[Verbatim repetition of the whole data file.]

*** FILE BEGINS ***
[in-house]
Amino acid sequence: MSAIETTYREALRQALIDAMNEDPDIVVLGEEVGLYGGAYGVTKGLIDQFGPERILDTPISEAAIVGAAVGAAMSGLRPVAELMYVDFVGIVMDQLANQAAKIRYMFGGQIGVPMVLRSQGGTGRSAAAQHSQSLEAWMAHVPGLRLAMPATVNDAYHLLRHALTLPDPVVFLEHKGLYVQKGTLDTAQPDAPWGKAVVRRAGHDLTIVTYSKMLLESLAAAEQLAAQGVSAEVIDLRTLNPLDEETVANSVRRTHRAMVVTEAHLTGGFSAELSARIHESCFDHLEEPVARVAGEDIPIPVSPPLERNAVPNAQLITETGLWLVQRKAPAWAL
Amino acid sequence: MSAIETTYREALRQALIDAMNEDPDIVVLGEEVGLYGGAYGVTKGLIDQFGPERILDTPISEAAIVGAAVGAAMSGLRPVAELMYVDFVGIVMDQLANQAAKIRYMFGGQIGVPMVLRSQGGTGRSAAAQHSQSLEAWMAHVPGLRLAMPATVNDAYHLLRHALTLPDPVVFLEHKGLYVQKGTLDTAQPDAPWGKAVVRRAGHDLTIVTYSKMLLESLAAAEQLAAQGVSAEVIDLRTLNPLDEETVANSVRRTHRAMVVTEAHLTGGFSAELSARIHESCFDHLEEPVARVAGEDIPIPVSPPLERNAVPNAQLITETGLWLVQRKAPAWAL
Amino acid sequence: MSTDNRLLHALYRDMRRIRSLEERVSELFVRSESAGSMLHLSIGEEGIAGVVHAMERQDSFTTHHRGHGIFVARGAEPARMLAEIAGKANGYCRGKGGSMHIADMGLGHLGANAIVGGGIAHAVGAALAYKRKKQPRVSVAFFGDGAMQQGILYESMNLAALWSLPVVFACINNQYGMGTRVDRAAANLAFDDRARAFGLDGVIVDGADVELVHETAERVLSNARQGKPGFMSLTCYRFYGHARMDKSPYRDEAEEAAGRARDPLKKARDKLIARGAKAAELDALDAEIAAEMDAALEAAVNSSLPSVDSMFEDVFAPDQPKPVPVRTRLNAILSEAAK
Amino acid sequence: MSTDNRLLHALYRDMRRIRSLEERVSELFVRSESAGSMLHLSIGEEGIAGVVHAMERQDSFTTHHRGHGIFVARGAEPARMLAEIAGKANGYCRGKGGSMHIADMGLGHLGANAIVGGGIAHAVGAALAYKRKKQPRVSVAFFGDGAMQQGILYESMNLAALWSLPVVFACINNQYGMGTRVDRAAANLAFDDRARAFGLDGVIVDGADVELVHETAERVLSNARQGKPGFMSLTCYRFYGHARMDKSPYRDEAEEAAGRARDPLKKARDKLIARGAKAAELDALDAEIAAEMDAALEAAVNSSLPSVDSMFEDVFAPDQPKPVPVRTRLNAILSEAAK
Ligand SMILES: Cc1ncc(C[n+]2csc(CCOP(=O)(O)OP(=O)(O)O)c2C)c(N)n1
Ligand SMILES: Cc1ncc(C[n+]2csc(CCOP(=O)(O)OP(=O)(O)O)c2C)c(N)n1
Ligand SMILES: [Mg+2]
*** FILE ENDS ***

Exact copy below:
[in-house]
Amino acid sequence: MSAIETTYREALRQALIDAMNEDPDIVVLGEEVGLYGGAYGVTKGLIDQFGPERILDTPISEAAIVGAAVGAAMSGLRPVAELMYVDFVGIVMDQLANQAAKIRYMFGGQIGVPMVLRSQGGTGRSAAAQHSQSLEAWMAHVPGLRLAMPATVNDAYHLLRHALTLPDPVVFLEHKGLYVQKGTLDTAQPDAPWGKAVVRRAGHDLTIVTYSKMLLESLAAAEQLAAQGVSAEVIDLRTLNPLDEETVANSVRRTHRAMVVTEAHLTGGFSAELSARIHESCFDHLEEPVARVAGEDIPIPVSPPLERNAVPNAQLITETGLWLVQRKAPAWAL
Amino acid sequence: MSAIETTYREALRQALIDAMNEDPDIVVLGEEVGLYGGAYGVTKGLIDQFGPERILDTPISEAAIVGAAVGAAMSGLRPVAELMYVDFVGIVMDQLANQAAKIRYMFGGQIGVPMVLRSQGGTGRSAAAQHSQSLEAWMAHVPGLRLAMPATVNDAYHLLRHALTLPDPVVFLEHKGLYVQKGTLDTAQPDAPWGKAVVRRAGHDLTIVTYSKMLLESLAAAEQLAAQGVSAEVIDLRTLNPLDEETVANSVRRTHRAMVVTEAHLTGGFSAELSARIHESCFDHLEEPVARVAGEDIPIPVSPPLERNAVPNAQLITETGLWLVQRKAPAWAL
Amino acid sequence: MSTDNRLLHALYRDMRRIRSLEERVSELFVRSESAGSMLHLSIGEEGIAGVVHAMERQDSFTTHHRGHGIFVARGAEPARMLAEIAGKANGYCRGKGGSMHIADMGLGHLGANAIVGGGIAHAVGAALAYKRKKQPRVSVAFFGDGAMQQGILYESMNLAALWSLPVVFACINNQYGMGTRVDRAAANLAFDDRARAFGLDGVIVDGADVELVHETAERVLSNARQGKPGFMSLTCYRFYGHARMDKSPYRDEAEEAAGRARDPLKKARDKLIARGAKAAELDALDAEIAAEMDAALEAAVNSSLPSVDSMFEDVFAPDQPKPVPVRTRLNAILSEAAK
Amino acid sequence: MSTDNRLLHALYRDMRRIRSLEERVSELFVRSESAGSMLHLSIGEEGIAGVVHAMERQDSFTTHHRGHGIFVARGAEPARMLAEIAGKANGYCRGKGGSMHIADMGLGHLGANAIVGGGIAHAVGAALAYKRKKQPRVSVAFFGDGAMQQGILYESMNLAALWSLPVVFACINNQYGMGTRVDRAAANLAFDDRARAFGLDGVIVDGADVELVHETAERVLSNARQGKPGFMSLTCYRFYGHARMDKSPYRDEAEEAAGRARDPLKKARDKLIARGAKAAELDALDAEIAAEMDAALEAAVNSSLPSVDSMFEDVFAPDQPKPVPVRTRLNAILSEAAK
Ligand SMILES: Cc1ncc(C[n+]2csc(CCOP(=O)(O)OP(=O)(O)O)c2C)c(N)n1
Ligand SMILES: Cc1ncc(C[n+]2csc(CCOP(=O)(O)OP(=O)(O)O)c2C)c(N)n1
Ligand SMILES: [Mg+2]